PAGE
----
Greenpeace claims more than three million members worldwide and their donations provide the bulk of the organization’s income. In 2008, according to their annual report, supporters donated more than $20 million, almost 80 percent of Greenpeace Inc.’s revenue. The report doesn’t say how many of those dollars are monthly contributions pledged to street canvassers like Katrina and how many are one-time donations. But street canvassers must rack up substantial donations because they are a common, if somewhat unpopular staple of many public places.
A girl in a Stanford sweatshirt walks quickly away from Josh toward her friend. The pair deems the canvassers “shady.” A boy sitting atop a concrete bench says he’d never donate because he doesn’t want to encourage a world where canvassers harass you and ask for money.
Over by the fountain, one student remarks to his companion that the canvassers are no better than panhandlers. He feels “a special resentment born of a poorly formed approach to a subject close to [his] heart” toward the canvassers. He understands climate change is dire, but doesn’t like strangers asking him to do something about it.
“It’s impersonal,” he says. “You’ve gotta be learning it from people you know.”
Josh says that on an average day he will try to stop three to four hundred people. Only a tenth of those people will stop at all, and only maybe a tenth of that number will end up donating. On the best day of Josh’s career, he received nine donations. It is no exaggeration to say that the predominant experience of canvassing is flat-out rejection.
Josh tries to get the attention of a boy, but the boy passes without responding or changing his expression. Josh looks a little stunned.
“I see you,” says Carissa, the third teammate, slapping Josh a high-five.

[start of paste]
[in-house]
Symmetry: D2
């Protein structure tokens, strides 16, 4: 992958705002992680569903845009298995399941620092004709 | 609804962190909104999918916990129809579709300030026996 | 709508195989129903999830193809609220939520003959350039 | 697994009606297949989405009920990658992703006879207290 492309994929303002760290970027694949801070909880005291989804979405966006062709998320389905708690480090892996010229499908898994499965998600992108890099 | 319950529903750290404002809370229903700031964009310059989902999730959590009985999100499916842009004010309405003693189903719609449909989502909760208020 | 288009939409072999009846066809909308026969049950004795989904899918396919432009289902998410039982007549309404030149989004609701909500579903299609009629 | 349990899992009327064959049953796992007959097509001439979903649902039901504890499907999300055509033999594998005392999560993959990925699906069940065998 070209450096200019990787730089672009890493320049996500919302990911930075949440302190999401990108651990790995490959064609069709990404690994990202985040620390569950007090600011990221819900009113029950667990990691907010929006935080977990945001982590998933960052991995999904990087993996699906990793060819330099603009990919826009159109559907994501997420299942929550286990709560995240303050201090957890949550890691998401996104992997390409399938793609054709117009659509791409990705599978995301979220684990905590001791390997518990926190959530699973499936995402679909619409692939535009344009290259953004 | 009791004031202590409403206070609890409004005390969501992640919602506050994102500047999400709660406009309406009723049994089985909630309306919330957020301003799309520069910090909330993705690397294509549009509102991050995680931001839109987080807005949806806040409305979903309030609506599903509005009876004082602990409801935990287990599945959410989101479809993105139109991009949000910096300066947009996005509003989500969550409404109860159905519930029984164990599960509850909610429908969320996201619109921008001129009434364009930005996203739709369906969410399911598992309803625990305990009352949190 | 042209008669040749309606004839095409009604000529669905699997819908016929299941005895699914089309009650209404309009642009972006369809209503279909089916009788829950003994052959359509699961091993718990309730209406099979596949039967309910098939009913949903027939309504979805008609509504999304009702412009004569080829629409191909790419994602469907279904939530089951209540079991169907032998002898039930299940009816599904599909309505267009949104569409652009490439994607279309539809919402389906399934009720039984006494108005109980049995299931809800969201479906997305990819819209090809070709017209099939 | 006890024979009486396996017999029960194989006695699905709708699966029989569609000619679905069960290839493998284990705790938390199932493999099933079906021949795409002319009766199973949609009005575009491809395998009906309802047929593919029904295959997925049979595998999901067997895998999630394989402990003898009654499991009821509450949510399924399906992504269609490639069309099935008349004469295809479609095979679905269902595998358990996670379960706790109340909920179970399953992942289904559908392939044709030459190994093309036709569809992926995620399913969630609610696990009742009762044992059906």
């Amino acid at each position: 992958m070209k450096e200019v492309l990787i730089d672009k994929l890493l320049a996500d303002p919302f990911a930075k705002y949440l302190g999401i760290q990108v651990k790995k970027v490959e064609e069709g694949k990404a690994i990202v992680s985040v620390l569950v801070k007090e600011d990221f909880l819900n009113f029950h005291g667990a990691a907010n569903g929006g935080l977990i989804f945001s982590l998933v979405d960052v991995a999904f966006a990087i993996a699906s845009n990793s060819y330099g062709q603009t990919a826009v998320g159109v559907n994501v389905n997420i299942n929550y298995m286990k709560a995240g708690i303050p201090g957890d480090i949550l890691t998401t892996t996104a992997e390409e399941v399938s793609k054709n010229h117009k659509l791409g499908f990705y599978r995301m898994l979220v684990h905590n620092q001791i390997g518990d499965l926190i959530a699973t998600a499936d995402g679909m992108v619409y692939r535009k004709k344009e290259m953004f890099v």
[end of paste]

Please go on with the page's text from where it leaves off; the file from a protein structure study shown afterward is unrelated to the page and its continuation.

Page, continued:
Carissa is having a good day. She’s gotten four donations.
“It’s the sweet spot,” she says, describing her location.
Carissa is about the same age as Katrina, but she has four weeks of canvassing under her belt. Sometimes, she says, she can see someone and just know that they’re going to give money. She likes Greenpeace better than the last non-profit she worked for, Environment California.
“It feels like family here,” she says. “I went to Josh’s house for Chanukah.”
Later, the team is on break and Josh is explaining the 20-foot rule. He stands and points at a girl about 20 feet away.
“See her?” he asks. “I’m going to make eye contact now so that when she passes she’s already looking at me.” The girl passes, looking at him.
Break ends. Carissa, Josh and Katrina return to their spots. Katrina takes a sip of her coffee and eyes the surroundings. A late-afternoon sun warms the plaza. Traffic has diminished notably, but a small stream of students flows past.
A girl carrying a Naked Juice with iPod earbuds spilling out of her sweatshirt pocket beelines toward Katrina.
“Got a minute?” Katrina says.
“Actually, I do,” says the girl.
“Check it out, we’ve got 3 million members around the world, but we don’t have enough supporters in the U.S.” says Katrina. “That’s why we need you.”
The girl listens intently. Soon Katrina is opening the thick, blue book, and making small talk as the girl jots down her information and her debit card number.
“Thanks for getting involved,” Katrina says, grabbing a sip of coffee.
Josh comes over to supervise. He presides over the crayoning of the girl’s debit card through the carbon paper. He gives her a sticker and a welcome packet.
“I’m so stoked I got one!” says Katrina, as the girl walks away.
“First of many,” says Josh.
“I feel rejuvenated,” says Katrina.
“Just remember that feeling,” says Josh. “That feeling never gets old.”